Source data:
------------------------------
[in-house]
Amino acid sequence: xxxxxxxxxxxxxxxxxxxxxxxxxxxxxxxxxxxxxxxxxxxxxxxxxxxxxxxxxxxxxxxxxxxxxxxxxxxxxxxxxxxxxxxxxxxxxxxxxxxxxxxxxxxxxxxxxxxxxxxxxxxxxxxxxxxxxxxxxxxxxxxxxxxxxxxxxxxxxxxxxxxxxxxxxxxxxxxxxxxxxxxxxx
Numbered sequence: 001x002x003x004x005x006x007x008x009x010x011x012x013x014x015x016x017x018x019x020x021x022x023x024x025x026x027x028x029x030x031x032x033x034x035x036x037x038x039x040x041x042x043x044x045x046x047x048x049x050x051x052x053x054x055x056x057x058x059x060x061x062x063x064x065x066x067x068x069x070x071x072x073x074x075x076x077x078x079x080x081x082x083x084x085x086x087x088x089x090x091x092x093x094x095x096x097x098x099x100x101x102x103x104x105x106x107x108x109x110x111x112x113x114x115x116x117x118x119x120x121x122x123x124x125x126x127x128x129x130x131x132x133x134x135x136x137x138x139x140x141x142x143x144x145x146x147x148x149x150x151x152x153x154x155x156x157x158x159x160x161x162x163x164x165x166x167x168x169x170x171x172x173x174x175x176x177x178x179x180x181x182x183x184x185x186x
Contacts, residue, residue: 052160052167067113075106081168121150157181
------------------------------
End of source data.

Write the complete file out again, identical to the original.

[in-house]
Amino acid sequence: xxxxxxxxxxxxxxxxxxxxxxxxxxxxxxxxxxxxxxxxxxxxxxxxxxxxxxxxxxxxxxxxxxxxxxxxxxxxxxxxxxxxxxxxxxxxxxxxxxxxxxxxxxxxxxxxxxxxxxxxxxxxxxxxxxxxxxxxxxxxxxxxxxxxxxxxxxxxxxxxxxxxxxxxxxxxxxxxxxxxxxxxxx
Numbered sequence: 001x002x003x004x005x006x007x008x009x010x011x012x013x014x015x016x017x018x019x020x021x022x023x024x025x026x027x028x029x030x031x032x033x034x035x036x037x038x039x040x041x042x043x044x045x046x047x048x049x050x051x052x053x054x055x056x057x058x059x060x061x062x063x064x065x066x067x068x069x070x071x072x073x074x075x076x077x078x079x080x081x082x083x084x085x086x087x088x089x090x091x092x093x094x095x096x097x098x099x100x101x102x103x104x105x106x107x108x109x110x111x112x113x114x115x116x117x118x119x120x121x122x123x124x125x126x127x128x129x130x131x132x133x134x135x136x137x138x139x140x141x142x143x144x145x146x147x148x149x150x151x152x153x154x155x156x157x158x159x160x161x162x163x164x165x166x167x168x169x170x171x172x173x174x175x176x177x178x179x180x181x182x183x184x185x186x
Contacts, residue, residue: 052160052167067113075106081168121150157181